If a wine brings back memories of your childhood friend’s grandmother’s cellar, it’s going to have a resonance that no supermarket bottle can compete with. The same goes for sense of place, or terroir. Terroir literally grounds wine. It creates geographical coordinates for a wine’s place in our memory palace.

There’s a tension here, of course. Wine isn’t just stories, after all; it’s also an agricultural product. Terroir isn’t just memories of vineyard dogs and rustic inns, it’s also an actual location, a specific soil chemistry. And when stories are based in facts, there’s always a tendency, at least on the part of some people, to want to fact-check them.

As people flush out the stories they tell about wine, they invariably start talking about the facts of grape-growing. How they were planted, whether they were irrigated, how ripe they got, when they were harvested, what minerals can be found in the soil, that kind of thing. That, in turn, creates ample opportunity for people like Mark Matthews to call bullshit on the entire mythos of the wine industry.

In his book “Terroir and Other Myths of Winegrowing,” Matthews gleefully picks apart many core tenets of wine romantics. At one point, he writes that “it is generally true that grape vines do well in calcareous soils, but it is probably more clear empirically that chalk deposits are good for holding oil reserves, than for flavors imparted to Chardonnay or other grapes.”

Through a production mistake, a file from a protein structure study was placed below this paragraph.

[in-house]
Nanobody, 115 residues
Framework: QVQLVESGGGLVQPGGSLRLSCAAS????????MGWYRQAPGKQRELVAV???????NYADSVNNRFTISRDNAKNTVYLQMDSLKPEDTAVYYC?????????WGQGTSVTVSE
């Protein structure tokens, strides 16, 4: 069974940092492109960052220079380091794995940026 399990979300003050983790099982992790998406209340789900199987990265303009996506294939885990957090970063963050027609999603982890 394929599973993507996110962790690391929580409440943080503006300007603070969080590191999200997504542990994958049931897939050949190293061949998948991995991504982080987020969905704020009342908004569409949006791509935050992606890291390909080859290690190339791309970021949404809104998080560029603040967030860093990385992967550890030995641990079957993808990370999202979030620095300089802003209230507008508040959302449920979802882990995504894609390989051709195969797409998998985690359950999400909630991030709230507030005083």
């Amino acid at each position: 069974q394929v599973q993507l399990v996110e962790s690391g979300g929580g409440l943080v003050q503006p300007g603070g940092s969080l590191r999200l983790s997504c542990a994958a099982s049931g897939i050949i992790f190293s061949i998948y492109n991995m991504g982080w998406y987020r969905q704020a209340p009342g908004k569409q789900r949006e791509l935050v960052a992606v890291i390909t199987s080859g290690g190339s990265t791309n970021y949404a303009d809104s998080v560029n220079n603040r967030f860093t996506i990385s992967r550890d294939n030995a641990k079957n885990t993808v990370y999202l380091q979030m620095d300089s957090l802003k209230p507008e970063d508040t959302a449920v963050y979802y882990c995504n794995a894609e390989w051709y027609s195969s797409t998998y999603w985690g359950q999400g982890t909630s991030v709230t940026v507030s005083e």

In other words, you’ve got chalky soil? Good for you! That plus a few million barrels of oil deposits will make you incredibly wealthy. But don’t start talking to Matthews about how you can taste the chalk in your Chablis, because there’s no empirical evidence that you can.

Matthews is particularly hard on the concept of terroir, which started off as a term of censure. It was reclaimed as something desirable only after phylloxera destroyed all of France’s vines and they had to be replaced with (shudder) American grapevines. Terroir then became even more important after the Judgment of Paris, when French wines needed to reclaim their special status against would-be usurpers from California.

This line of argument goes down well with economists like Victor Ginsburgh, whose review of Matthews’s book treats as self-evident the idea that vines cannot know whether water comes from rain or artificial irrigation. Ginsburgh also notes acerbically that the aesthetic pleasure of looking at a vineyard “may indeed change the quality of the wine, especially if you are drunk.”

Has he never drunk wine while looking at a vineyard? Vineyards are lovely things; it’s a simple fact that wine country, in general, is some of the most beautiful landscape in the world. Does he really believe that admiring such a view does not improve the quality of the wine you’re drinking?

The temptation, here, is to fight back on the merits. That’s what Matt Kramer does, in his Wine Spectator review of Matthews’s book. Wine Spectator is built on the premise that fine wine can be objectively ranked, on a 100-point scale, and so Kramer takes the position that Matthews is objectively wrong. Maybe Mattthews has a point when it comes to bulk supermarket wine, concedes Kramer, but when it comes to “the more finely detailed demands of the fine-wine ambition,” Matthews’s science is simply too blunt an instrument to be able to detect “the singular sensation of a great Chablis.”